Looking Back: Five Years
On July 10, 2016 Alene agreed to marry the love of her life. Just three days later, her entire world fell apart.
Although she had no history of breast cancer in her family, she soon found herself sitting in a doctor’s office trying to process the words nobody wants to hear.
“You have breast cancer.”
It all started with a routine mammogram. Alene had just turned 41, and she was being proactive about her health by getting her first screening mammogram.
The experience wasn’t quite what she expected. Alene’s primary care doctor called her to recommend an ultrasound to further investigate the abnormal results, but the results of the ultrasound only prompted more investigation.
While Alene’s physician wasn’t sure if it was cancer, he referred her to a breast surgeon for a biopsy. The results of the biopsy were indisputable.
When she first heard the news, Alene recalls that the doctor held her hand.
“Everything was a blur,” she said. “I could see her lips moving, but I wasn’t hearing or processing anything that she was saying. My fiancé just sat in the chair looking at me. My mother was on speaker and just kept saying, ‘Are you sure?’”
At 41 years old, Alene was supposed to be planning her wedding and looking forward to a future with her fiancé. Instead, she was at the start of one of the most challenging seasons of her life.
Though difficult, she completed her treatment plan of two surgeries, eight rounds of chemo, and 24 rounds of radiation with the support of her loving family.
Throughout her treatment, one thing was abundantly clear: Alene’s mammogram saved her life.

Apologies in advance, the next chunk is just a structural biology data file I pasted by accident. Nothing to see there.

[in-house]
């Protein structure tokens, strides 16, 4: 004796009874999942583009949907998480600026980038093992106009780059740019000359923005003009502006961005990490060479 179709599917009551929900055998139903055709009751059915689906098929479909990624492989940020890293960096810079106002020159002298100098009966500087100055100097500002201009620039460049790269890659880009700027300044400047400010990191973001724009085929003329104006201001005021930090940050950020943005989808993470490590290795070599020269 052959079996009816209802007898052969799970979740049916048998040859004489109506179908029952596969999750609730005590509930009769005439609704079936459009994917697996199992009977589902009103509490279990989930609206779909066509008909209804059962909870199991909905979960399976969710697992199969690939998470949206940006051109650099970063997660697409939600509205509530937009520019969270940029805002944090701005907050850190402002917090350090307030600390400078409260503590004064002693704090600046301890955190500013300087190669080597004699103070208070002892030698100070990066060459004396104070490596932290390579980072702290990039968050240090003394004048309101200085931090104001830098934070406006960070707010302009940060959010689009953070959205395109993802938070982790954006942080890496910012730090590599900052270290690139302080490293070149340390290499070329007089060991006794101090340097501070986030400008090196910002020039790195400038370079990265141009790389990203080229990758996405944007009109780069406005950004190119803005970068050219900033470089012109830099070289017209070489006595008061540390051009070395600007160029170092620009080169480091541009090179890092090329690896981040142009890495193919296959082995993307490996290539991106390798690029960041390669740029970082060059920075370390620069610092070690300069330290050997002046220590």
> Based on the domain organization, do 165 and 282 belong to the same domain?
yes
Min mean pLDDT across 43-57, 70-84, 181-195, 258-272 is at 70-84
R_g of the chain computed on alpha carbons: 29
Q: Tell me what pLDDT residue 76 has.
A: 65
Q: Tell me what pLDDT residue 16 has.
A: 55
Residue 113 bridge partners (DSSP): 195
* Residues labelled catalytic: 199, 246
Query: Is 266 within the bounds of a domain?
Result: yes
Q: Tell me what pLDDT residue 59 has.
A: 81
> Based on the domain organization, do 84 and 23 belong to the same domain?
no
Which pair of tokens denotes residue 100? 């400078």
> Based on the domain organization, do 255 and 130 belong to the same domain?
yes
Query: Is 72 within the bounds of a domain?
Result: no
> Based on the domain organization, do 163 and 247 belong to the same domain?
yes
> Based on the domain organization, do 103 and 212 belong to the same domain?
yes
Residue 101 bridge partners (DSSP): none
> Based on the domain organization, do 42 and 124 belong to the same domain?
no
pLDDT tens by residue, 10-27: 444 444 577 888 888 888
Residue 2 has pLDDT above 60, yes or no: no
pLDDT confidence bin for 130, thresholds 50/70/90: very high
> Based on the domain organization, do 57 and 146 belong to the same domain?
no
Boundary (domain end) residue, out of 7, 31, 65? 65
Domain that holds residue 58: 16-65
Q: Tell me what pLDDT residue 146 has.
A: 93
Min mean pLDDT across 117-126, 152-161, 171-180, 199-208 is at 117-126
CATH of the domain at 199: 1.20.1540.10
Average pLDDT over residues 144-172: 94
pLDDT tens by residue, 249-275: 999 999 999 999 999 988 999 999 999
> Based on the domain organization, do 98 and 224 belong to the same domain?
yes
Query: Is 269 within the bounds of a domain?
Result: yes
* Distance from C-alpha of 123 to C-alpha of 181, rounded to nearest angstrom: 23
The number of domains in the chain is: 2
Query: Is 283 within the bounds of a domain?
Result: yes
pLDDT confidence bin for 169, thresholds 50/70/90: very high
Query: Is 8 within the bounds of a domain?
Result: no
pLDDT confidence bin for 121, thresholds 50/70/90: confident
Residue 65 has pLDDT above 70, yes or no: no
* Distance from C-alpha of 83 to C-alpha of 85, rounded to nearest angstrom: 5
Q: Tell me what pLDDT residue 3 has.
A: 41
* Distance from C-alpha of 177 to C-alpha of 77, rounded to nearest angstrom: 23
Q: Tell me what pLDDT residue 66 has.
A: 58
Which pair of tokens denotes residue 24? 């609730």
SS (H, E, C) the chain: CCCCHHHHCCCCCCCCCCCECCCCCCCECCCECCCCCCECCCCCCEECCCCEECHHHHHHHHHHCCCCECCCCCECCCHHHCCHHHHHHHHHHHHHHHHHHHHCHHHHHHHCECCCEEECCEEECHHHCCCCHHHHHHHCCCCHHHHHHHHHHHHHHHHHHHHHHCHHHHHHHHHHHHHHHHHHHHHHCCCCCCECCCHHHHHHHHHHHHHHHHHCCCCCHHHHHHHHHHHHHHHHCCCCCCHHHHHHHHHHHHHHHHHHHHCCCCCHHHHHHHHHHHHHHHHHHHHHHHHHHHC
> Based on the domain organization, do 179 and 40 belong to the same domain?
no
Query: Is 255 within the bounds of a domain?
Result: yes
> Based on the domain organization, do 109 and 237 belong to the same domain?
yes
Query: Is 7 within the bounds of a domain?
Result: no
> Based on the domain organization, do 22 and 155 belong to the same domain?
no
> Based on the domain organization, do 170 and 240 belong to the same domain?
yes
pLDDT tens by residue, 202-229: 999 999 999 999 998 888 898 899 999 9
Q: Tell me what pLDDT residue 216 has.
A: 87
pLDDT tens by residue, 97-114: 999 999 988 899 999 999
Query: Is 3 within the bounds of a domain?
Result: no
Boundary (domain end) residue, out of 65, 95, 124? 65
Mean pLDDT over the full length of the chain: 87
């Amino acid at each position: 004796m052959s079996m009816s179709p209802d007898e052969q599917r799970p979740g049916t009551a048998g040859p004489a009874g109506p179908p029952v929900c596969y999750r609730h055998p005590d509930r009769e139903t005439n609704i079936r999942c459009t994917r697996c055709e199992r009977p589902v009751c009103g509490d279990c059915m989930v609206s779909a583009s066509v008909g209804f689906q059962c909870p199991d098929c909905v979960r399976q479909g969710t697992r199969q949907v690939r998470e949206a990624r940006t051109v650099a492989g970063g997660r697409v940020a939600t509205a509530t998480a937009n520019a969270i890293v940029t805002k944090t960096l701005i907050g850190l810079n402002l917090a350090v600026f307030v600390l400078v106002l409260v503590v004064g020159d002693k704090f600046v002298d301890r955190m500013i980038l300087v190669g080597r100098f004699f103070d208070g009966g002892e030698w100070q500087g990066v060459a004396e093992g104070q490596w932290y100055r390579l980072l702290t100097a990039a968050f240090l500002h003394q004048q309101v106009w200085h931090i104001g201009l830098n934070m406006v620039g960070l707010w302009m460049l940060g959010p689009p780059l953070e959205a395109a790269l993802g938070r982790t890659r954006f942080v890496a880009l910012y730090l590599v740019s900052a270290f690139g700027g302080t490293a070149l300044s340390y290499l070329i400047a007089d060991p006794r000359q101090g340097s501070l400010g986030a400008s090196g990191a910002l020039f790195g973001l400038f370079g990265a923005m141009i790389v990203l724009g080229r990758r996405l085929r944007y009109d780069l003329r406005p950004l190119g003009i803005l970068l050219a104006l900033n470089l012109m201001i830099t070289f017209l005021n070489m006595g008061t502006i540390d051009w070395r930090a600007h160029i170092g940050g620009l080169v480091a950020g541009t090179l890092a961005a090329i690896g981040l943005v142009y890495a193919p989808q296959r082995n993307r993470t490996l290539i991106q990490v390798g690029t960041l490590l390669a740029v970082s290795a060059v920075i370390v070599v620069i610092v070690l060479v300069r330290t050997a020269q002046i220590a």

If Alene had postponed or avoided the procedure, it’s hard to say when she would have been diagnosed. However, many women choose to forgo the simple check-up due to finances.
At NBCF, it’s our mission to provide early detection services to as many women as possible.
“I am an advocate of early detection by mammogram because it saved my life,” Alene told us. “That is why I became a National Breast Cancer Foundation Community Ambassador: to encourage and empower women to take charge of their breast health.”
Wedding Bells and Survivor Bells
One year after her diagnosis, July 29, 2017, Alene married her husband. She writes, “My husband has been by my side through it all. He always says things happen for a reason. He was the primary caregiver to both his parents who died in 2009—three hours apart. He spoke at our wedding on how this prepared him to help me navigate through my journey.”
Alene now reflects on where she is today:
“September 23rd I will be a cancer survivor of five years. For women who have just been diagnosed, I would encourage you to ask questions and reach out to your family for questions they may have. I did this with my immediate family, and they came up with questions I would not have thought to ask my care team.”
Alene shares: “Your journey never really ends—only continues on in a different way.” As for what’s next on her journey?
“I want to travel home to Canada, since I have not been able to see friends and family due to the pandemic. I want to go to Hawaii to celebrate five years of survivorship. And I want to continue educating others on the importance of getting your first mammogram.”
National Cancer Survivors Day gives us a day to reflect on our unique experiences with cancer that led to where we are now and where we hope to be in the future. Join National Breast Cancer Foundation as we celebrate and honor survivors like Alene today and look to the future with renewed hope.
National Breast Cancer Foundation is here for you and your loved ones. Whether you need support, education, or help during treatment, we have a team dedicated to get you the help you deserve.